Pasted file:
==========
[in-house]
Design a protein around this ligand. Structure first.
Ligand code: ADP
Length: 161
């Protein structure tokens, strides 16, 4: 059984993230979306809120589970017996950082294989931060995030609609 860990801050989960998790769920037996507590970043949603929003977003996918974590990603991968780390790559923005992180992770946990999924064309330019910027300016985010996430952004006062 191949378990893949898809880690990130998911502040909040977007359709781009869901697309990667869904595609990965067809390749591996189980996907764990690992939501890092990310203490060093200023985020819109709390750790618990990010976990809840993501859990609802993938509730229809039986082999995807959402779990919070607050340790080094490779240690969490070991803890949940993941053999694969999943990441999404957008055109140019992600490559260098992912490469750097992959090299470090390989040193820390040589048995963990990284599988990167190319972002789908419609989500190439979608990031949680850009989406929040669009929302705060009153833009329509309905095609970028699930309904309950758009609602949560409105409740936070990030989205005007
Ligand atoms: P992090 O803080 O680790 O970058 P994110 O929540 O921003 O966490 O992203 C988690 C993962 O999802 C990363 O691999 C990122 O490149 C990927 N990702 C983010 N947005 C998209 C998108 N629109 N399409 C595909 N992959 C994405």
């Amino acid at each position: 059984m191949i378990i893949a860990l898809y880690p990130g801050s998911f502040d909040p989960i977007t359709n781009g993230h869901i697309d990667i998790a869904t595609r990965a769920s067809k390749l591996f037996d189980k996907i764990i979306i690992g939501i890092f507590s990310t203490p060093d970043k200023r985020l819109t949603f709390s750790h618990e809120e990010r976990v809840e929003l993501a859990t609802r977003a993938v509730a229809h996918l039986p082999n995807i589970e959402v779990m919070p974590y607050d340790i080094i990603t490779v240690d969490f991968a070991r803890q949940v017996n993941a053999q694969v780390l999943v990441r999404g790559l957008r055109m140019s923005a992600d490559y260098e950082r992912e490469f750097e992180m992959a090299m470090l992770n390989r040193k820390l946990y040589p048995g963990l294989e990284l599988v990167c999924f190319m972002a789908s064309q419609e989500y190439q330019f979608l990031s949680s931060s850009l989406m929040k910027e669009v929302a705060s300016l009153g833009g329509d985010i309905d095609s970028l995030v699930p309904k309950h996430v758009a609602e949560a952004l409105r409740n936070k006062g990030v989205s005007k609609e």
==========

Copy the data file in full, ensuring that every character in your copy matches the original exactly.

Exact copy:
[in-house]
Design a protein around this ligand. Structure first.
Ligand code: ADP
Length: 161
């Protein structure tokens, strides 16, 4: 059984993230979306809120589970017996950082294989931060995030609609 860990801050989960998790769920037996507590970043949603929003977003996918974590990603991968780390790559923005992180992770946990999924064309330019910027300016985010996430952004006062 191949378990893949898809880690990130998911502040909040977007359709781009869901697309990667869904595609990965067809390749591996189980996907764990690992939501890092990310203490060093200023985020819109709390750790618990990010976990809840993501859990609802993938509730229809039986082999995807959402779990919070607050340790080094490779240690969490070991803890949940993941053999694969999943990441999404957008055109140019992600490559260098992912490469750097992959090299470090390989040193820390040589048995963990990284599988990167190319972002789908419609989500190439979608990031949680850009989406929040669009929302705060009153833009329509309905095609970028699930309904309950758009609602949560409105409740936070990030989205005007
Ligand atoms: P992090 O803080 O680790 O970058 P994110 O929540 O921003 O966490 O992203 C988690 C993962 O999802 C990363 O691999 C990122 O490149 C990927 N990702 C983010 N947005 C998209 C998108 N629109 N399409 C595909 N992959 C994405």
């Amino acid at each position: 059984m191949i378990i893949a860990l898809y880690p990130g801050s998911f502040d909040p989960i977007t359709n781009g993230h869901i697309d990667i998790a869904t595609r990965a769920s067809k390749l591996f037996d189980k996907i764990i979306i690992g939501i890092f507590s990310t203490p060093d970043k200023r985020l819109t949603f709390s750790h618990e809120e990010r976990v809840e929003l993501a859990t609802r977003a993938v509730a229809h996918l039986p082999n995807i589970e959402v779990m919070p974590y607050d340790i080094i990603t490779v240690d969490f991968a070991r803890q949940v017996n993941a053999q694969v780390l999943v990441r999404g790559l957008r055109m140019s923005a992600d490559y260098e950082r992912e490469f750097e992180m992959a090299m470090l992770n390989r040193k820390l946990y040589p048995g963990l294989e990284l599988v990167c999924f190319m972002a789908s064309q419609e989500y190439q330019f979608l990031s949680s931060s850009l989406m929040k910027e669009v929302a705060s300016l009153g833009g329509d985010i309905d095609s970028l995030v699930p309904k309950h996430v758009a609602e949560a952004l409105r409740n936070k006062g990030v989205s005007k609609e």